Pass the sick bucket as Adam Sandler returns, farting and grimacing in this charmless and talentless rip-off of the great It’s A Wonderful Life.

Michael Newman (Adam Sandler) is an over-worked architect who is spending too much time at the office with his monster of a boss (David Hasselhoff) and not enough with his family. A spooky salesman called Morty (Christopher Walken) gives him a “Universal Remote” which lets him fast forward through boring dinner parties, traffic jams, family rows and, unforgivably, foreplay with his lovely wife (Kate Beckinsale). Inevitably things go wrong for Michael and for the film as the action sinks helplessly into a sticky sentimentality that no amount of farting can save.

They say:

Rolling Stone: “I have a soft spot for the low-comic high jinks of Adam Sandler but he has a sappy side that makes me puke. I damn near choked on Click.”

Daily Mirror: “Sandler’s trademark brand of over-the-top goofiness is starting to wear very, very thin. Really there are only so many fart jokes a person can take.”

We say:

Reasons to see this film:

1) You’re an obsessive Christopher Walken fan and want to see everything this brilliant actor does – even the worst film of his career.
2) You’re an obsessive Happy Days fan and you just love Henry Winkler as the Fonz and can’t believe that he really has turned into an old man.
3) You voted Kate Beckinsale the 71st sexiest woman in the world in a recent magazine poll.
4) You loved Baywatch but wanted something humiliating and terrible to happen to David Hasselhoff… like appearing in an Adam Sandler movie.
5) You’ve been kidnapped by a man with a gun and he’s forcing you into the cinema.
6) Your entire family, including grandma and grandpa (who are both dying from an incurable disease) are obsessive Adam Sandler fans and want to have a family trip to see Click before going for one last family meal together because “Family Comes First.”

If you don’t fit into any of the above categories but really need to be told that working too hard and not spending enough time with your family is a bad thing then, I’ll save you the price of a cinema ticket and spell it out for you now: Family Comes First.

Sadly director Frank Coraci (The Wedding Singer) cannot match Frank Capra’s great 1946 movie, It’s A Wonderful Life which handles all the same themes but with genius.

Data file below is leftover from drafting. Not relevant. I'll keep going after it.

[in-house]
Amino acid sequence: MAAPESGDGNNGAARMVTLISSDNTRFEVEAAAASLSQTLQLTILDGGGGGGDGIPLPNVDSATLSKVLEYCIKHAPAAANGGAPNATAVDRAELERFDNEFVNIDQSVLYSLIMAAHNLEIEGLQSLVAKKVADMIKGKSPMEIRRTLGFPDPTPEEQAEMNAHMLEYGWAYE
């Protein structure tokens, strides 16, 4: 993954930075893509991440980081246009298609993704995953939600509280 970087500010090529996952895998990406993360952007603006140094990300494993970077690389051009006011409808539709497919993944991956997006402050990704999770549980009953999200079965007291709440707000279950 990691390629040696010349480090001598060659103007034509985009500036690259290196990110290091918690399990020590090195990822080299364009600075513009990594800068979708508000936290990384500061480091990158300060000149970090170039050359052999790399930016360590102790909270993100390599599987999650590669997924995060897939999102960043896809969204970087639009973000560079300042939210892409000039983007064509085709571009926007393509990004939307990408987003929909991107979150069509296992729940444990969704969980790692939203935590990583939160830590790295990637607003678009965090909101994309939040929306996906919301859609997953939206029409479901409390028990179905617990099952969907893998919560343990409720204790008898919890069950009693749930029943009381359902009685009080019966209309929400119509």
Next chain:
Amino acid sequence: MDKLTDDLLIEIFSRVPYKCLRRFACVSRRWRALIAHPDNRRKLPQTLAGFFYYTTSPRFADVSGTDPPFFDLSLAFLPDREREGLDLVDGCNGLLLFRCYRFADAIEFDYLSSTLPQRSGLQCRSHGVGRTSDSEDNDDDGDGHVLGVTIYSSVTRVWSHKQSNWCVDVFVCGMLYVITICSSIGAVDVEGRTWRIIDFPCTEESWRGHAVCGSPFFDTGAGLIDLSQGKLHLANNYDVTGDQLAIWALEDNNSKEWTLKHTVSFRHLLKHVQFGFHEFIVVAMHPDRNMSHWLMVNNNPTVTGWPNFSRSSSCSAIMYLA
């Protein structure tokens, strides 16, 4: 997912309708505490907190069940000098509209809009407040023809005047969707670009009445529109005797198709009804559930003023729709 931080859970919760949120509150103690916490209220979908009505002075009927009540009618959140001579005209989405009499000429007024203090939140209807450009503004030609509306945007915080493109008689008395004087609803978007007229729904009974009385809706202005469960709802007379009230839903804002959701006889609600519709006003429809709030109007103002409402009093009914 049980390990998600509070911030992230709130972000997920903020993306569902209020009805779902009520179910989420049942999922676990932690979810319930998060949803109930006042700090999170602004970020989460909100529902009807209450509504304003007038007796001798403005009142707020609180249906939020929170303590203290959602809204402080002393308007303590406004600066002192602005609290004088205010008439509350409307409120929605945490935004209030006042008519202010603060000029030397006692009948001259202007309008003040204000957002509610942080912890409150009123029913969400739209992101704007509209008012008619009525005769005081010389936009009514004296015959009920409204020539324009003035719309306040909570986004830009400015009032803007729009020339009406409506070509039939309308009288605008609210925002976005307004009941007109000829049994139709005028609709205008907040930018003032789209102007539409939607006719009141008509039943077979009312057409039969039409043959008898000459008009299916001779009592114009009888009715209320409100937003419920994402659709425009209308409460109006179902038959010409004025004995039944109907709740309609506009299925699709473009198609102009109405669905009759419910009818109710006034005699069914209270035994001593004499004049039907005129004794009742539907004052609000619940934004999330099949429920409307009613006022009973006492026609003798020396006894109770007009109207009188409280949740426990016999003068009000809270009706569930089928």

Coraci’s direction is at best competent but mostly the cinema equivalent of a badly executed colouring-in book.

Each scene is set up in the most stilted way imaginable with the actors grouped together as in the most amateur of school plays, lines delivered lamely to camera with very little real inter-reaction between the characters whose facial expressions, often, do not even match between shots. It has been shot by numbers with the hapless actors having to perform as if they were rehearsing in front of a mirror.

This, of course is Adam Sandler’s style. His method, learnt from his previous career as a stand-up comedian, is to look straight into the lens as he puts on funny faces or funny voices.

When he was young and fresh-faced, he brought a certain charm to the screen but, now that he is rounder of face and fuller of figure, his manic, sub-Jim Carey cavorting just comes across as desperate and unconvincing.
Far from engaging us in his dilemma when pressure of work stops him from noticing his loving family, he succeeds in coming across as merely cynical and selfish.

In fact the film, when it is not pushing sentimentality to a new low, has a depressing and bitter tone which is ill-at-ease with Sandler’s slapstick instincts.

Somewhere in the middle of this drawn-out, sickly nonsense is poor old Christopher Walken who plays the mysterious Morty with all his usual quirkiness. Someone should have warned him away from this project – he deserves so much better.

As does Kate Beckinsale who puts in an efficient performance as the long-suffering wife and Henry Winkler too who, once you get used to him being a granddad, supplies the only genuine warmth in the whole film.

As for the rest, David Hasselhoff delivers an embarrassingly caricatured self-parody which exposes his inability an actor, Sean Astin, as Bill, “the other man”, has his most nauseating role since Sam the Hobbit in Lord of the Rings and the two children must have topped the class in Hollywood’s Academy for Precociously Cute Kids.

When you’re looking for a button on your remote for this film, it’s not so much fast forward as eject.

Cert 12A

Adam Sandler
Kate Beckinsale
Christopher Walken
David Hasselhoff
Henry Winkler
Julie Kavner

Frank Coraci

Running time:
107 minutes

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